Mahmoud Ahmadinejad flies into trouble in Egypt as ally is arrested in Tehran

Turmoil at home as Iranian leader makes first visit to Cairo since Tehran's 1979 revolution

The Iranian President Mahmoud Ahmadinejad has arrived in Egypt on a landmark visit, leaving behind open political warfare in Iran that has resulted in the arrest of Tehran’s former chief prosecutor.

Mr Ahmadinejad was welcomed by the Egyptian President, Mohamed Morsi, during the first visit to Egypt by an Iranian leader since Tehran's 1979 revolution. But officials played down expectations of an imminent restoration of diplomatic ties between the Shia and Sunni nations. The two leaders' 20-minute conversation focused on the Syrian civil war, in which they back opposing sides.

Visiting Cairo to attend an Islamic summit that begins on Wednesday, Mr Ahmadinejad told a news conference he hoped his trip would be "a new starting point in relations between us". But the most prominent cleric in Egypt, Sheikh Ahmed el-Tayeb at al-Azhar University, said after meeting Mr Ahmadinejad that Iran should not assist attempts to topple the Sunni royal family in Bahrain.

Tonight, a man was being held after he attempted to throw a shoe at Mr Ahmadinejad outside the Al-Hussein mosque in Cairo. Turkey's Anatolia news agency published a video of the incident which showed the young man shouting and attempting to hit the President's head with what appeared to be a brown loafer.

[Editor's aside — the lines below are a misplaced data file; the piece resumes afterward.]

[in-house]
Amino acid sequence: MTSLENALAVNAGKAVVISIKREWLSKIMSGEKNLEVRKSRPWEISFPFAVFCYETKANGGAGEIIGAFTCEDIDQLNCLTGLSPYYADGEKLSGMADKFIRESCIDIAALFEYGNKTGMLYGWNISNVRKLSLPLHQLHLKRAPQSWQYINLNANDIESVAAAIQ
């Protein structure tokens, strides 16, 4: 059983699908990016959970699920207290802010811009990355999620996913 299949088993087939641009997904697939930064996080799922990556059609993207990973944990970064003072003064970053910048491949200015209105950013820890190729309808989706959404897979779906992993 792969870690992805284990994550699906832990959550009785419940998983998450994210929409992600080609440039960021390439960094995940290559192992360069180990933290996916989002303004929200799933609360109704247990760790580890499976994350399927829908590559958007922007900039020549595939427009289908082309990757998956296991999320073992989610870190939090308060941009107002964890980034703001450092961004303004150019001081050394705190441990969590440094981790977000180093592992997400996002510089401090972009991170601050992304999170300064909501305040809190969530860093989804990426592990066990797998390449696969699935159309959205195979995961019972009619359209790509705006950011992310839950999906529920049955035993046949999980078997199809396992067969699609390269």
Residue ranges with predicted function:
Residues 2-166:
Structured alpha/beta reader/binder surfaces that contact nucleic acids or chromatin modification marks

Mr Ahmadinejad's visit removes him briefly from the turmoil of Iranian politics, which erupted on Sunday after the President accused one of his conservative rivals of corruption. Mr Ahmadinejad told parliament that he had a video of the speaker Ali Larijani's brother attempting to bribe the former prosecutor Saeed Mortazavi over a business deal involving the speaker. But when challenged to play it, the sound was of such poor quality that Mr Ahmadinejad was forced to provide a running commentary, depriving the tape of much of its impact.

Mr Mortazavi, an Ahmadinejad ally, was arrested on Monday night. "[Iran's] political elite is now embroiled in open infighting," said Ali Ansari, a professor of Iranian history at St Andrews University. "The big question now is whether Khamenei is losing control," he said, referring to Iran's spiritual leader, Ayatollah Ali Khamenei.

Ali Larijani, who ran for president in 2005, and Mr Ahmadinejad have long been rivals. It was not clear whether the former prosecutor – who was suspended from that post over the deaths of three anti-government protesters in 2009 – had been arrested in connection with the 2009 deaths or on corruption charges. But Mr Ansari said that Mr Ahmadinejad "will go down fighting. And he could take a lot of people with him." Although the President is barred from running for a third term in elections next June, political manoeuvring is already under way and Mr Larijani is expected to be a candidate. It is not yet clear, however, who will be supported by the spiritual leader.

According to Mr Ansari, "people are looking for a scapegoat. But it's not clear that Ahmadinejad is the only one."

Reserve funds fall to $13.6bn

Egypt’s foreign currency reserves fell 10 per cent to $13.61bn (£8.5bn) in January, down $1.4bn in a single month.

The central bank had already warned late last year that levels hovering around $15bn represented a “critical minimum,” or just enough to cover three months’ worth of imports. The drop hampers Egypt’s ability to implement the austerity measures it needs to qualify for a $4.8bn IMF loan.

The central bank has been using foreign reserves to prop up the Egyptian pound at a level many experts saw as overvalued. AP

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